Most people are familiar with the usual methods for boosting memory. You’re supposed to exercise, get enough sleep, eat clean and play a few brain games and meditate. What other ways are out there to keep your memory finely tuned? Read on.
A 2002 study conducted in the U.K. found that when tested, gum-chewers had both better long-term and short-term memory than those lacking in this oral fixation. Scientists are still puzzling over these results. Explanations range from gum-chewing gets your mental juices flowing by increasing heart rate to it releases insulin in preparation for food that stimulates the hippocampus. Whatever the explanation, chewing gum will give you a slight memory boost. Make sure to stick to the less sugary varieties.
You stop into a deli to grab a bite to eat and all of a sudden get a whiff of chicken soup. Immediately your mind goes back to sick days when you were a kid and how your mom would serve you up a piping hot bowl of this Jewish penicillin. Scents are the most powerful memory trigger. Not only this, but they can profoundly affect a person’s cognitive abilities.
The scent of rosemary seems to be the optimal memory enhancer. A 2003 study of 144 workers found that those who had their cubicles infused with the smell of rosemary significantly improved their long-term and working memory. The workers even reported feeling more alert. Interestingly enough those who had their cubicles infused with lavender showed no improved memory and reported feeling less alert.
Blueberries are tasty. Yes. Do you eat enough of them? Probably not. A study from the Peninsula College of Medicine showed that incorporating blueberries into the average diet for twelve weeks improved working memory tasks. Working memory is your short-term memory where details are stored in the middle of an activity. Scientists link this improvement in working memory to blueberries through the flavonoids they contain. Flavonoids appear to strengthen existing connections in the brain.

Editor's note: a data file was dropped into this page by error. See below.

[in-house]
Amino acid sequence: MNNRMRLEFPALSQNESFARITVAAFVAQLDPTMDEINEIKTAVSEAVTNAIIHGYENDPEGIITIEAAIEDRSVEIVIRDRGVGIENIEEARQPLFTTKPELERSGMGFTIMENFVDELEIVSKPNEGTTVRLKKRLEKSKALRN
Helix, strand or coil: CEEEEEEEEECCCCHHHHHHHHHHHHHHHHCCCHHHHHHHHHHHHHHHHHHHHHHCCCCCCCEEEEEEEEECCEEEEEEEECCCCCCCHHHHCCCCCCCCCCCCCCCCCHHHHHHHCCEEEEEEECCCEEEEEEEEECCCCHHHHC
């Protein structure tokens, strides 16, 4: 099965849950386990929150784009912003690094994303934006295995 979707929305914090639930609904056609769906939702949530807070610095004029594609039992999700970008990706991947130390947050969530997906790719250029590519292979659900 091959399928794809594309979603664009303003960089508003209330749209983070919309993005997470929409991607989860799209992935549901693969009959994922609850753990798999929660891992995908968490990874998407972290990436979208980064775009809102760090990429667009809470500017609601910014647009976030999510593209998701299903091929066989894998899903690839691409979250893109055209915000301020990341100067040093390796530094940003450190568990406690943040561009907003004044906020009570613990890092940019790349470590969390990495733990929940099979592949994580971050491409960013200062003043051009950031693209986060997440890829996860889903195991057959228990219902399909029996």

Clench your right fist just before you begin to memorize information. When you want to recall the information clench your left fist. This can boost your recall. Apparently when you are right-handed and clench your right hand you activate the left side of your brain that is responsible for encoding information. When you then clench your left hand the right side of your brain is activated, which is responsible for recalling memories. Vice versa for lefties. This idea was tested by a team of researchers at Montclair State University, which demonstrated a significant relationship between hand clenching and cognitive function.